After pangeran Purbaya returned in Mataram, he commented to the Sultan: "My Lord, as to the war in Jakatra, it would be best to stop it, because the Dutch only came here for trade." The Sultan was happy to hear this and quietly said: "Uncle, you are right. Anyway, it is God's decision, that in the future the Dutch will be helpers to my offspring who will become sultan. When in the future one of my offspring will be defeated in the war, the Dutch certainly will come to help him. The only reason why I started this war, was that I wanted to give an example, in order to make them somewhat afraid." (Dutch translation 143: the Javanese text is from page 139,  here included, accomodated to modern spelling): Kacariyos konduripun panembahan Purbaya sampun dumugi ing Matawis, lajeng sowan ing sang prabu, ngaturaken wiwitan dumugi wekasan, sarta aturipun panembahan: "Prekawis prang ing Jakarta prayogi dipunkèndeli, sabab tiyang Welandi nggènipun dateng wonten ingriku amung sumeja grami kémawon. Kanjeng Sultan kapanujon galihipun, alon nggènipun ngandika: "Uwa, inggih leres sampéyan. Kalih déné sampun pinesti karsa Allah, tiyang Welandi ing mbéndjing badé mitulungi dateng turun-kula, kang sami jumeneng nata. Menawi turun-kula ing mbénjing wonten kang kawon perangipun, mesti badé dipun-pitulungi dateng tiyang Welandi. Milanipun kula adamel perang punika, amung kula-damel lelabet kémawon, supados ajriha kang wingking-winking.
Is this the Realpolitik of the sultans, who had become wise after many defeats in the 17th and early 18th century? Is this the language of someone who had close contacts with Dutch officials learning Javanese from this text? Also in his book Jogjakarta under Sultan Mangkubumi1749-1792 (London, Soas, 1974:356-7), Merle Ricklefs has discussed this story and mentions that the various sources he knows are more or less identical. Also the broader representation of these texts in H.J. de Graaf, De regering van Sultan Agung (The Hague, 1958) has this representations of the siege of Batavia.
Is this all relevant for Muslim-Christian Relations? We might say that the negative stereotypes dominate in the many books produces by the project and that the Realpolitiker who are able to diminish the destructive character of religion therefore are less visible in the project. In the Festschrift for David Thomas there was one very interesting contribution by the Polish scholar Stan Grodz who argued that we should not take the Polish-Ottoman talks of the 15th-17th century as 'interreligious dialogues' or even as events that are important for interreligious relations. There were and are stereotypes. They do seldom represent the true meaning of the religion of the other. In this way 'interreligious contacts' (if they could be called as such) were very superficial. From both sides it may be important to see that religion was not always present, at least not in its best reality. But is not this the everyday way or religious communities?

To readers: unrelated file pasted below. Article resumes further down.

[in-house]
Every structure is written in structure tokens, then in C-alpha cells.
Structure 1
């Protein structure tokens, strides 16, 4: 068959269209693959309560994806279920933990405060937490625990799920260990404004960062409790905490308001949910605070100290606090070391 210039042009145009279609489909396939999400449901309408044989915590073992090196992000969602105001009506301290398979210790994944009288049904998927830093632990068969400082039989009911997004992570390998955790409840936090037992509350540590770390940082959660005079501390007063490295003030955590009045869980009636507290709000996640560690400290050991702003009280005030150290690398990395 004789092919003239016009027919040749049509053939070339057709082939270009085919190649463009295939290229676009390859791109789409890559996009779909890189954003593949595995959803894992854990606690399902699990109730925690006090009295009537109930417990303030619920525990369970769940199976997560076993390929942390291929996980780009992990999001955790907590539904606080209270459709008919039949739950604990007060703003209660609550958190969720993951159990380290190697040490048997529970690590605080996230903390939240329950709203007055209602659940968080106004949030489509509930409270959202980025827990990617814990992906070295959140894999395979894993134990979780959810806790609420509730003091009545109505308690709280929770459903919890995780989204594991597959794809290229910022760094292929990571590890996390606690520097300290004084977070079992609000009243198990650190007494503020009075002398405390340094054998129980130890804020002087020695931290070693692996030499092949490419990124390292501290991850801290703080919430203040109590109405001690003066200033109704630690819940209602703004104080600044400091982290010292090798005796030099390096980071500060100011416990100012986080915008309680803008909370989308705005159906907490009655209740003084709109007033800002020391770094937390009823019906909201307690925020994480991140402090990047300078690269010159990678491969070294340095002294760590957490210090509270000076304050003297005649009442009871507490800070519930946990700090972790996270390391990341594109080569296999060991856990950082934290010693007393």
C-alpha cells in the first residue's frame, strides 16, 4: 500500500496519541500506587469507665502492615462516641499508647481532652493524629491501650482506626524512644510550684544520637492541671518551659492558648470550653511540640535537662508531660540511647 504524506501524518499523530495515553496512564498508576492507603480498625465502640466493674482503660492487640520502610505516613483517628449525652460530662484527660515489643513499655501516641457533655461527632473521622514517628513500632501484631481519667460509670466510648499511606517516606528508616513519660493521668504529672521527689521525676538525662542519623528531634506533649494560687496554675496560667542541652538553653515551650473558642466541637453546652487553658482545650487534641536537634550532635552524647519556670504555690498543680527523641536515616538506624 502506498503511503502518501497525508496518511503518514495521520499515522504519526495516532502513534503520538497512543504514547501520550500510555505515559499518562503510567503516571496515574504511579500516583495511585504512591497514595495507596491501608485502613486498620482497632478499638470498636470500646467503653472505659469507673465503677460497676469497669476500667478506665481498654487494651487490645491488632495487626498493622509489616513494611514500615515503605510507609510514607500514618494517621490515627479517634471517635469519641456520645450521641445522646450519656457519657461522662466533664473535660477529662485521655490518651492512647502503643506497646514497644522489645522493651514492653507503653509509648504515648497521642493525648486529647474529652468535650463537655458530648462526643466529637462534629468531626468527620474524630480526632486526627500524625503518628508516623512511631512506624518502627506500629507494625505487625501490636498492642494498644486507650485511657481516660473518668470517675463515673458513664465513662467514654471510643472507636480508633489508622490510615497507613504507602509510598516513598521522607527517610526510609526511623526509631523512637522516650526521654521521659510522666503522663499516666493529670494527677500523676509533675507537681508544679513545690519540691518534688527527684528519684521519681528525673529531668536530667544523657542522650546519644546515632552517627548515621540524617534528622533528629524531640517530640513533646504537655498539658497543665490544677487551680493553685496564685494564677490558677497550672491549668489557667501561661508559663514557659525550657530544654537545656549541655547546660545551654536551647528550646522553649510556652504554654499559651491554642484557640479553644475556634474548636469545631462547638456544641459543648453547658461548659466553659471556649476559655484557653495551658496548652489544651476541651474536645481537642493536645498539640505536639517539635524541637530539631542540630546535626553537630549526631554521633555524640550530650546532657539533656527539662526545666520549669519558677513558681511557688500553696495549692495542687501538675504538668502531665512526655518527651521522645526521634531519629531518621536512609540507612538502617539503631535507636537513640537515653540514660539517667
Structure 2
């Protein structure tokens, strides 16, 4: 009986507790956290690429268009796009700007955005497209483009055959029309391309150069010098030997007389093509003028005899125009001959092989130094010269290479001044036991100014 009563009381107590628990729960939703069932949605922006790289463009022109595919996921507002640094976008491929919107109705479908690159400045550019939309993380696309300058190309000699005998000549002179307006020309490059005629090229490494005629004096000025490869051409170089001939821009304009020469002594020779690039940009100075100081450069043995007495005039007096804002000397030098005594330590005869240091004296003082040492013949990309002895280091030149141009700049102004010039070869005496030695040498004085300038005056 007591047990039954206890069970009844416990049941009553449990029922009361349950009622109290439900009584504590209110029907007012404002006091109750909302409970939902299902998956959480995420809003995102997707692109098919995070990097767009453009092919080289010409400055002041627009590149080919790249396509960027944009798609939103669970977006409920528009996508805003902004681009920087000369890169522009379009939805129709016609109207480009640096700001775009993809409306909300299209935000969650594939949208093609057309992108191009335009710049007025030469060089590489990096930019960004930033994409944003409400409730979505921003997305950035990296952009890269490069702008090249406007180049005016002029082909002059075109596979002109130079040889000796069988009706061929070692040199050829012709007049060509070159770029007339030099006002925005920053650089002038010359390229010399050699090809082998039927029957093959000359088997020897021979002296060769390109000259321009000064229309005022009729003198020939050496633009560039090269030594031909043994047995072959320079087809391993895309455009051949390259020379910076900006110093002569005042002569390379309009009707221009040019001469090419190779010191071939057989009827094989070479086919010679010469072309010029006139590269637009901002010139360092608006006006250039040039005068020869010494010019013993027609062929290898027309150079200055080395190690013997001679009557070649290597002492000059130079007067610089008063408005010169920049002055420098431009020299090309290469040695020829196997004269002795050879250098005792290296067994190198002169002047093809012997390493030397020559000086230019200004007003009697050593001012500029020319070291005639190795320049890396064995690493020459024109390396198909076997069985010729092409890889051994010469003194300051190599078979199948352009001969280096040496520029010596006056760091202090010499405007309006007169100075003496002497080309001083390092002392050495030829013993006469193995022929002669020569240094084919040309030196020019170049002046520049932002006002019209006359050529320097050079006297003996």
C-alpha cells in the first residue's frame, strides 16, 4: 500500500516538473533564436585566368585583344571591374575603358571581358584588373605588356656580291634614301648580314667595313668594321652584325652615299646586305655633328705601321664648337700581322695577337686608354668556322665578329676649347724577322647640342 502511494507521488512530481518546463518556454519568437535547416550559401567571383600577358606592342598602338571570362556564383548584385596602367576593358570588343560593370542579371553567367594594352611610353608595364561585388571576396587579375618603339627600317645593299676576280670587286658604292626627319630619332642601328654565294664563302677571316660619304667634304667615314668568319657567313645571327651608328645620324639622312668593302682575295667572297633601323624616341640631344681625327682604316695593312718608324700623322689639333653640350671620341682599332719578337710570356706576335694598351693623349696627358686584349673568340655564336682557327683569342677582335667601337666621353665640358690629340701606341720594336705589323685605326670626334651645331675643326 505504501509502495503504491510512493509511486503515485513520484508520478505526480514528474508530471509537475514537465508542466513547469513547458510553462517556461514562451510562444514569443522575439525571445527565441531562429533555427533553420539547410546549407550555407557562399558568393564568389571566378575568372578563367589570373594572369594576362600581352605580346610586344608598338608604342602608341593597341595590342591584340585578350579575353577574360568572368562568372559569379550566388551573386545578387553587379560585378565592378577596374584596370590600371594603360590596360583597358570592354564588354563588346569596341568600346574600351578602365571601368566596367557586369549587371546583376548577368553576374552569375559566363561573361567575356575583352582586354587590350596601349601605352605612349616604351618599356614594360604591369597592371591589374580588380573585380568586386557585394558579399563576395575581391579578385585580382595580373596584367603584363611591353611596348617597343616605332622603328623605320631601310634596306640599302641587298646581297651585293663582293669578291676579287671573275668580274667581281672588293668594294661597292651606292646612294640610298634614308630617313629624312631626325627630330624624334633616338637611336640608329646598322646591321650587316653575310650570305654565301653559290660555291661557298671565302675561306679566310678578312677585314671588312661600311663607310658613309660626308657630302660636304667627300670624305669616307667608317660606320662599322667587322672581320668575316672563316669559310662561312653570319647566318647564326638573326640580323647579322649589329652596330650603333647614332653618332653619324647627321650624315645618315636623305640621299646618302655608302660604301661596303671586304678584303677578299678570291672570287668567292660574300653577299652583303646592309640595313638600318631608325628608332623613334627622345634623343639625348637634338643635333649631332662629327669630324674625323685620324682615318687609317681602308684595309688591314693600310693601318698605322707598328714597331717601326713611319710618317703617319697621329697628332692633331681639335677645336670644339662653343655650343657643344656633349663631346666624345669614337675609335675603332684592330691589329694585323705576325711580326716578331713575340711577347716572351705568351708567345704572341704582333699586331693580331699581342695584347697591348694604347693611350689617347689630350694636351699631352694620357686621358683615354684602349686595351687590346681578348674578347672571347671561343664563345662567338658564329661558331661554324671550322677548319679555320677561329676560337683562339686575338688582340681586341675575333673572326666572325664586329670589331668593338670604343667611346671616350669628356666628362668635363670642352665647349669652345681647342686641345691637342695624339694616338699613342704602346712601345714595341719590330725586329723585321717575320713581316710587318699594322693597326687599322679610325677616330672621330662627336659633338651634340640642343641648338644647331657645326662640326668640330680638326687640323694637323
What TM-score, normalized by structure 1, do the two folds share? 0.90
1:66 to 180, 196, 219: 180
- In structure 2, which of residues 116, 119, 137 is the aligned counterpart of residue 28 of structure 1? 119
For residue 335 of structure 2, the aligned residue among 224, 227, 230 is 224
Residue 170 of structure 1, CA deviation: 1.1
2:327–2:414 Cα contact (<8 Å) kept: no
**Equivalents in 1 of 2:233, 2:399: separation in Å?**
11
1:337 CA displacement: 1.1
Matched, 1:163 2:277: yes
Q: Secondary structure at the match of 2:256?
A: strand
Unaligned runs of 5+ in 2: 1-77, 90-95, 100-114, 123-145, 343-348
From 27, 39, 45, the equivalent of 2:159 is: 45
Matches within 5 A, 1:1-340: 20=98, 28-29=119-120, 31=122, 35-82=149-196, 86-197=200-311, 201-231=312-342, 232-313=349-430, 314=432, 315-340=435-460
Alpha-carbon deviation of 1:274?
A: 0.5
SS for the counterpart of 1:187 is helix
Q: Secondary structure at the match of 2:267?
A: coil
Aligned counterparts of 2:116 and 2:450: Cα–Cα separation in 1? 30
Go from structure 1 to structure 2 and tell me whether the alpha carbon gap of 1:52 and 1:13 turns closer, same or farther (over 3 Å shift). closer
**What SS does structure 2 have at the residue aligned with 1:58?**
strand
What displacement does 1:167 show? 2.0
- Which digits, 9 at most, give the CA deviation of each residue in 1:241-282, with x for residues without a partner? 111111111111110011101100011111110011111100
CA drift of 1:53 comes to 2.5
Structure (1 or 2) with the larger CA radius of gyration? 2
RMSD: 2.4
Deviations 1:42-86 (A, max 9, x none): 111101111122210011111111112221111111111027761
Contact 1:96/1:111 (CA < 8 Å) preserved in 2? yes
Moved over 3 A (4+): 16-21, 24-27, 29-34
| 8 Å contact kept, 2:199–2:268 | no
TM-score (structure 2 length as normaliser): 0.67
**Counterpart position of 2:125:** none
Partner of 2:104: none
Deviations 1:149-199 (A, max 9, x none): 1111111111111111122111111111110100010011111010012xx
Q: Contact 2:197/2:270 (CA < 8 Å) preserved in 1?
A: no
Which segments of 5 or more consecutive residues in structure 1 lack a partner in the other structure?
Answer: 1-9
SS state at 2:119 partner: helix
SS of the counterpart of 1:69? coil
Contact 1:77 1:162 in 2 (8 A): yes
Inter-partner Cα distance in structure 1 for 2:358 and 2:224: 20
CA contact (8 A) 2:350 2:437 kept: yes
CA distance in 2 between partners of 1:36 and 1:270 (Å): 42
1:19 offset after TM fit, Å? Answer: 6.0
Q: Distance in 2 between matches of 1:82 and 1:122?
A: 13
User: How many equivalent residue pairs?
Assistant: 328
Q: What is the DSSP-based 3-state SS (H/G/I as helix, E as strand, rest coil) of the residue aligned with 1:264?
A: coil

In our own time there is now the debate about IS, Islamic State. Quite a few people were involved in a violent terrorist attack, but had little knowledge of Islam, were not active in Muslim obligations ike praying or fasting. But still were seen by themselves and others as representing 'Islam' or the new 'Islamic State' of Iraq and Syria.

woensdag 3 augustus 2016

Shattariyah in Southeast Asia

Mrs. Prof. Yumi Sugihara sent recently two books to Utrecht. One is the fine translations of the Ghatotkacasraya, the story of Gatotkaca in Old javanese, translated by Stuart Robson. I will reflect later about this book.
First a little about the book by Oman Fahurrahman (born Kuningan 1969, studied in Jakarta, UIN, did research in Aceh, Germany and Tokyo) on the chain of transmitters of the Shattariya brotherhood on Southeast Asia. In description about him he is qualified as someone 'crazy about manuscripts'.
In the book Shattariyah Silsilah in Aceh, Java and the Lanao area of Mindanao, (Tokyo University of Foreign Studies; 2016) he shows himself to be addicted to manuscripts and especially to the chain of transmitters of the tariqa. Not the content of doctrine or practices, but the chain of leaders is always given attention to here.